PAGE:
Okay, my love of casting cheap spells to enable Prowess may be getting out of hand, but this deck is too sweet to keep to myself.
Just imagine the following sequence:
Turn 1: Serum Visions.
Turn 2: Erayo, Soratami Ascendant.
Now you have a Mentor, two Monks, and a flipped Erayo on the battlefield, making the Mentor nearly impossible to answer. The game is over. While this draw is very good, it’s far from unrealistic. You simply have to draw the cards you play four of in a good mix.
Erayo is a card that many of you may not be familiar with, but it saw a good amount of play in its day, especially in Affinity decks that could reasonably hit the four-spell requirement on the early turns of the game without much help. Here the card just plays perfectly with all the cheap cards we want to play alongside Monastery Mentor and Snapcaster Mage. Snapcaster even counts as two spells for its requirement, which is a little added bonus. And if you don’t have any experience playing with this card, let me just say that a flipped Erayo is nothing short of a nightmare.
With seventeen cards that can be cast for zero mana, flipping Erayo has never been easier and Monastery Mentor has never been scarier. This deck can have some absolutely broken turns, flipping Erayo as early as turn 2 and possibly killing its opponent on turn 4 with a turn 3 Mentor. Notably, Erayo can be the third spell of the turn and still flip when you play your next, but if it is exactly your fourth spell, then it is not on the battlefield to trigger, so sequencing with this deck is important.
I love the choice of Slaugher Pact as a removal spell here since we will gladly pay three mana next turn to cast another spell now, and it can kill some large roadblocks like Tarmogoyf that Gut Shot misses. Dark Confidant is a nice role-player that helps assemble a critical mass of spells to enable our other creatures, but the most interesting member of the supporting cast is Myth Realized. I like the card in this deck for two reasons:
First, it can easily get out of hand with all the cheap spells in the deck and with your opponent focused on stopping the more immediate threats in Erayo and Mentor. This can give the deck some resiliency going into the late-game. After trading a bunch of resources, you can be left with a large creature to finish the job.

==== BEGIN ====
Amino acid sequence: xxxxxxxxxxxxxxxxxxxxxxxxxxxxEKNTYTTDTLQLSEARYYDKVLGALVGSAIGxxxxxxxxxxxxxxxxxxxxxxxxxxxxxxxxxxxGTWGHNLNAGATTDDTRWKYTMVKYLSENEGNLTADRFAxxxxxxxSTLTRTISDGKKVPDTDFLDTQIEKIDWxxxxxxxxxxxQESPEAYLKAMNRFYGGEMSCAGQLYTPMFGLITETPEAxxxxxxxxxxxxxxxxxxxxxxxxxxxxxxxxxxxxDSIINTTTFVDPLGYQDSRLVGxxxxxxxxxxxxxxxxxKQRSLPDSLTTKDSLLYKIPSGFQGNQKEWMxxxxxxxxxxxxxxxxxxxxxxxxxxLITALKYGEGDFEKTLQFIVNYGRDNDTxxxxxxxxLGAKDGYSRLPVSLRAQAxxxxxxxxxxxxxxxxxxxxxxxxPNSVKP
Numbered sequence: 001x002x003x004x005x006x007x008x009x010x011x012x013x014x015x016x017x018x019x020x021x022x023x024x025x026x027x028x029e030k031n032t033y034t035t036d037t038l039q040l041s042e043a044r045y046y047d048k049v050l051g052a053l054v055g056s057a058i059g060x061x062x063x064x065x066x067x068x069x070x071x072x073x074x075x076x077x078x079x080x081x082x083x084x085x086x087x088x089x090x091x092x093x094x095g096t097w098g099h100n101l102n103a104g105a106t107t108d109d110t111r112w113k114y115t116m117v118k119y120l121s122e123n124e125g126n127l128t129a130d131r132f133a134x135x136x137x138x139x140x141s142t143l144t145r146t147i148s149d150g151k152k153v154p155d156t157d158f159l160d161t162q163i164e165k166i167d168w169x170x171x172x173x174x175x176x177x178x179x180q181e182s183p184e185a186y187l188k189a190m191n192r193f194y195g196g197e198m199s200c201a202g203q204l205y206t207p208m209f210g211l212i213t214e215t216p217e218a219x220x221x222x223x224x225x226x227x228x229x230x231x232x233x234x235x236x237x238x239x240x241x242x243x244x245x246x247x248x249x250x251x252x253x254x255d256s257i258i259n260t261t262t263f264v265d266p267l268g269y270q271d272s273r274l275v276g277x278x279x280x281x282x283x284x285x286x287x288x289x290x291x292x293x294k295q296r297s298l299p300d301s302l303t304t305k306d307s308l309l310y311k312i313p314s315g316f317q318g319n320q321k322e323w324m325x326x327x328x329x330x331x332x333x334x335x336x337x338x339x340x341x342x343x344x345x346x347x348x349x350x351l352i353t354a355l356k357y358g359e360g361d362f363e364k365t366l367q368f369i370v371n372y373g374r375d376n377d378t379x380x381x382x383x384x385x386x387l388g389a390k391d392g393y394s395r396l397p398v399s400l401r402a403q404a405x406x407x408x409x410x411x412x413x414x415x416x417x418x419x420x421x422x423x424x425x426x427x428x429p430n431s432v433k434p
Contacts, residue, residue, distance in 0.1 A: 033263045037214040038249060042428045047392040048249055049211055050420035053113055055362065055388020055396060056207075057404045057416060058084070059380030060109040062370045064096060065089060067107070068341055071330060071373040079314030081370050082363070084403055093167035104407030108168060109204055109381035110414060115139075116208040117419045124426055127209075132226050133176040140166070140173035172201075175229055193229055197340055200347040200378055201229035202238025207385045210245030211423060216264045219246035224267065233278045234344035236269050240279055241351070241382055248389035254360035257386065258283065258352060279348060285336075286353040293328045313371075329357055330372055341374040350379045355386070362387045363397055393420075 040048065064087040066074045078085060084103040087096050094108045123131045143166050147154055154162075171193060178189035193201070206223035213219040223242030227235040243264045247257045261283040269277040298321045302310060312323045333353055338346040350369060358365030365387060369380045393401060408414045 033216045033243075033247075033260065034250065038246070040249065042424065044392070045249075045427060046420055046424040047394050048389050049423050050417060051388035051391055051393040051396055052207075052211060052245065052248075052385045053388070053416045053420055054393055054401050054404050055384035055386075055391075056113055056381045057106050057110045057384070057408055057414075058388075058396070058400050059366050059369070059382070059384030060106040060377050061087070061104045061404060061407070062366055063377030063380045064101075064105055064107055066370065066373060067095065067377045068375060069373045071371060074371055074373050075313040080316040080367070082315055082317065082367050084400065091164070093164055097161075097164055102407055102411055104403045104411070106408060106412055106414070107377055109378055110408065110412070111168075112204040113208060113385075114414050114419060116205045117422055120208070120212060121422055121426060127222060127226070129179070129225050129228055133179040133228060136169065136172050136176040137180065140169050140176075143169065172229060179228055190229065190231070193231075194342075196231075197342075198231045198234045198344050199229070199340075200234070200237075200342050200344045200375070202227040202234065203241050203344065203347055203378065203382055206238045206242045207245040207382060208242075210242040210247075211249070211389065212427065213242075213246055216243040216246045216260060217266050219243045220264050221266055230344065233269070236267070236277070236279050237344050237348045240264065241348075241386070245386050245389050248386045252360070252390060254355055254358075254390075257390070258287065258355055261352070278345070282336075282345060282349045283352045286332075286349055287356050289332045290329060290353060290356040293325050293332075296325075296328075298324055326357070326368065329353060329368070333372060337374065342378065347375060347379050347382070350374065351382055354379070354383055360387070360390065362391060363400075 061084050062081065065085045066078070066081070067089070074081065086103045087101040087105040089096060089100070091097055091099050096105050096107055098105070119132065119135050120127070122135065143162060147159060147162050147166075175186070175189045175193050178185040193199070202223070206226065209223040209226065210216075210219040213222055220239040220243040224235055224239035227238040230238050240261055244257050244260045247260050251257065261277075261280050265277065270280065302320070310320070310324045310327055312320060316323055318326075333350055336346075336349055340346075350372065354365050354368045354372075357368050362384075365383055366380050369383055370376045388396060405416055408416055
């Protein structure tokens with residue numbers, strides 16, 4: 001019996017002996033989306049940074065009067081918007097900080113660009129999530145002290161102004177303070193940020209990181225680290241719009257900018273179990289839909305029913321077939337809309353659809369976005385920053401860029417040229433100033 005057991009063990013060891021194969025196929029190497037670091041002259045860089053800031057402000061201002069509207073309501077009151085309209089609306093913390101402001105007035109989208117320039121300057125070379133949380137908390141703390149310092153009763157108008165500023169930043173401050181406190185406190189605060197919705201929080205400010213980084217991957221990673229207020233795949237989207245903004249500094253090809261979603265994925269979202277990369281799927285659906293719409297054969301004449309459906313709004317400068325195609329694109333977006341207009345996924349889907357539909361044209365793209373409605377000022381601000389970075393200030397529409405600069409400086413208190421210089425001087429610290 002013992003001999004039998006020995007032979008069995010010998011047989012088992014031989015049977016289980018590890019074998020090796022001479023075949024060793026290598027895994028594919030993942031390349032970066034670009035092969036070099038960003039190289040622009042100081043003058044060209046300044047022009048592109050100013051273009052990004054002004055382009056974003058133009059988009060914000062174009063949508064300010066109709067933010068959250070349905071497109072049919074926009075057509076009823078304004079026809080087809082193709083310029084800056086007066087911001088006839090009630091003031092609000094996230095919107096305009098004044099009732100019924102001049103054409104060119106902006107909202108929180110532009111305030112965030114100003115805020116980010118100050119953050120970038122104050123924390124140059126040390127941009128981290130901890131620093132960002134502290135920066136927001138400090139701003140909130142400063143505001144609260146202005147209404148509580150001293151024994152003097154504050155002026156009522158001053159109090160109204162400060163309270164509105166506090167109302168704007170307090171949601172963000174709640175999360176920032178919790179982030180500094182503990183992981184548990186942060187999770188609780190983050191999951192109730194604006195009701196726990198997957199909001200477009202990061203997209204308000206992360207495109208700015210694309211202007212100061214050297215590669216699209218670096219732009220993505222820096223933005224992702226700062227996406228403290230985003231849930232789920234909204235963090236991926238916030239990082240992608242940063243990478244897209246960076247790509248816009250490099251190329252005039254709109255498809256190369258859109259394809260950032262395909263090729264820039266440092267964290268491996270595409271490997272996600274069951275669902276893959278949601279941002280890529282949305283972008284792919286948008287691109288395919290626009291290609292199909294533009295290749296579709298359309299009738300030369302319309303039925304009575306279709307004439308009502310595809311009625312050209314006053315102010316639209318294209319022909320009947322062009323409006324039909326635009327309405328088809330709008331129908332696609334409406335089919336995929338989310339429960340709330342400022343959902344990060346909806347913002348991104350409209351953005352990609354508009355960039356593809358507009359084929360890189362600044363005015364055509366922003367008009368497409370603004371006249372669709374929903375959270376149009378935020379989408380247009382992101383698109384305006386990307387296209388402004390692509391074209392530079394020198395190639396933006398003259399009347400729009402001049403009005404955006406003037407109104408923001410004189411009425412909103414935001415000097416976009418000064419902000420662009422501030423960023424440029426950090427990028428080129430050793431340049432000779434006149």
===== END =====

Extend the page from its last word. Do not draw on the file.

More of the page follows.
Second, it is still a cheap spell for our other threats, so you have fewer worries of flooding on creatures and having them all be anemic. Erayo is poor in multiples, but the first one is so good and you want it as early as possible that playing four makes sense. Still, this runs the risk of some awkward opening hands. Mentor also has diminishing returns, although not as great. Having a dual spell/threat mitigates some of the inconsistency maxing out on your most powerful cards brings.
The sideboard looks haphazard and certainly could be improved, although I assume Burn is a horrible matchup because of Eidolon of the Great Revel and their ability to present a fast clock while dealing with your first threat or two, so the full four copies of Leyline of Sanctity make sense. Four Rest in Peace, even if Grishoalbrand is popular, seem excessive, and I would like to see some Thoughtseizes or other point discard somewhere in the 75. Having a cheap spell that can serve to protect your powerful cards but also be played proactively is perfect for a deck like this.
Modern has such a high number of playable zero- and one-mana spells that I am sure you can take this deck in a number of directions, and we are still early in our exploration of the ways to abuse them. And that can only mean one thing…
More sweet Prowess decks! If loving cheap spells and Prowess creatures is wrong, I don’t want to be right.